Galerie Kunsthaus Weinstock


Beata Bär, Gerhard Bär and Hartmut Knell have been designing objects from used packaging plastics as the Bär+Knell design group since 1992. The principle of recycling is at the heart of their work. The date 1992 was not chosen at random. This was also the year in which the Green Dot was launched as a major project of the German waste management industry. For every item of plastic, aluminum, cardboard, tin or glass packaging marked with the Green Dot, the manufacturing company pays a usage fee based on volume. This is intended to finance the reprocessing of packaging waste. However, as BUND points out, the Green Dot does not stand for environmental friendliness, as it falsely claims, but merely means that the marked packaging is collected separately. When the Green Dot was introduced, there was still a lack of sufficient recycling centers that could have adequately processed composite materials and plastics. The recycling rate for plastic in Germany is now around 60 percent, but the recycled plastic is of inferior quality and is often only sufficient for dark-colored sewage pipes, noise barriers, park benches or garbage bags that cannot be reused after use. The recycling rate also includes the approximately one million tons of plastic waste that is exported from Germany to other countries every year. The growing problem of the ever-increasing volume of packaging waste is not affected by the Green Dot project. Despite the reuse and recycling of plastic, the production of new plastics is constantly increasing.

Bär+Knell's work began with criticism and curiosity: criticism of the Green Dot recycling strategy, which is not sufficient for long-term sustainability and resource conservation. And curiosity about the colorful material of packaging plastics and their history. Used plastic packaging - from chip bags to fabric softener bottles - is used by Bär+Knell to produce "utility objects" such as chairs, loungers, light objects and wall objects. The recycled plastic materials are not completely poured into a new form, but are largely retained in their original colors and glued-on logos and are only alienated by the manufacturing process. The approach is an archaeological one, which does not erase the historical traces of the material, but rather reveals them. Similar to pottery shards in ancient excavation sites, discarded packaging materials tell us something about the respective lifestyles, consumer behavior and fashions of a time - in this case, modern industrial society and the age of plastic. To this end, Bär+Knell developed technical processes to preserve the historicity of the plastic waste and its individual composition in the newly created object. Each object is unique in form, color and structure. The origin of the material as discarded packaging plastic is preserved and becomes a document of the everyday. A reflection of our colorful consumer world. Bär + Knell have this in common with the representatives of Nouveau Realisme and Pop Art, but unlike artists such as Arman, Bär + Knell insist on the cycle of reusing what is supposedly discarded.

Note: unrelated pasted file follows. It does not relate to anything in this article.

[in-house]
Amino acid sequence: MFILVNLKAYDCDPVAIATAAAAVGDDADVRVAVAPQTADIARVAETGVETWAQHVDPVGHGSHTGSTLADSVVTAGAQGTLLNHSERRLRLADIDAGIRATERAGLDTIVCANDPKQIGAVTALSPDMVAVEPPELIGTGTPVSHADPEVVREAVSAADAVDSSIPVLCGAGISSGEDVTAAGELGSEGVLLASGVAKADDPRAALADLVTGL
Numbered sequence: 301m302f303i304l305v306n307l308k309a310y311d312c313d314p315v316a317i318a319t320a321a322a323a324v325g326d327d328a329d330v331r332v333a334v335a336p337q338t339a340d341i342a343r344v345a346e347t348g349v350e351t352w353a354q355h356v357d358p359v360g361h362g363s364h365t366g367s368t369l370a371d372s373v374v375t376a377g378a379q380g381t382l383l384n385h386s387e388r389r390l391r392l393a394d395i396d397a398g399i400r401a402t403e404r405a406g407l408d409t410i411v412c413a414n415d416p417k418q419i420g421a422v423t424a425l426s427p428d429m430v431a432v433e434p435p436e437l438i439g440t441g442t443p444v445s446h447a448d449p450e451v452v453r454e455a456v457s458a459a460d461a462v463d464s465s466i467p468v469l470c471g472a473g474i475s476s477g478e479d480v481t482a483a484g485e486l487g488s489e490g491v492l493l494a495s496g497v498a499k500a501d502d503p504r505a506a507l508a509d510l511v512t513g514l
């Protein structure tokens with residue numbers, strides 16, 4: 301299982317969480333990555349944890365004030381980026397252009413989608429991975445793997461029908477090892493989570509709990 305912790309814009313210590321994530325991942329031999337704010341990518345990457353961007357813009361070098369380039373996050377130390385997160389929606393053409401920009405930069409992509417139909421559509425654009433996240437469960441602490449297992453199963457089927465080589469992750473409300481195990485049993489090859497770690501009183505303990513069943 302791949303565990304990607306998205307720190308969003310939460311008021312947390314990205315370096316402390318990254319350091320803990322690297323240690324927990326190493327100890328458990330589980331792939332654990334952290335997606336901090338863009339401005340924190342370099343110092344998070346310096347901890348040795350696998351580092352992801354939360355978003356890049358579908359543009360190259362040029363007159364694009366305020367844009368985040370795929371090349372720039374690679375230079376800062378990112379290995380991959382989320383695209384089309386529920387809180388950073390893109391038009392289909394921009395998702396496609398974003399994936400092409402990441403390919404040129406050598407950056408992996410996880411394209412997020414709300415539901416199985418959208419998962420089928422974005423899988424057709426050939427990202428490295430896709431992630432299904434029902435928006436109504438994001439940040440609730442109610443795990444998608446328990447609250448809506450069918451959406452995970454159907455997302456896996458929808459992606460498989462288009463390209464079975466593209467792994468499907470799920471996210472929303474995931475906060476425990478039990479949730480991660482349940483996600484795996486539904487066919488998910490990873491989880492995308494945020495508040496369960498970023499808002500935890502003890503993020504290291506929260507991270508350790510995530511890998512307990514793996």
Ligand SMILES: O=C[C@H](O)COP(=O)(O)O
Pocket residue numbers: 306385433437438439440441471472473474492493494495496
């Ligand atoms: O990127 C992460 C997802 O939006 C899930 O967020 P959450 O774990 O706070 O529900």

✓ Contract work is possible on request.

Bär+Knell – Kunst in der Galerie Kunsthaus Weinstock

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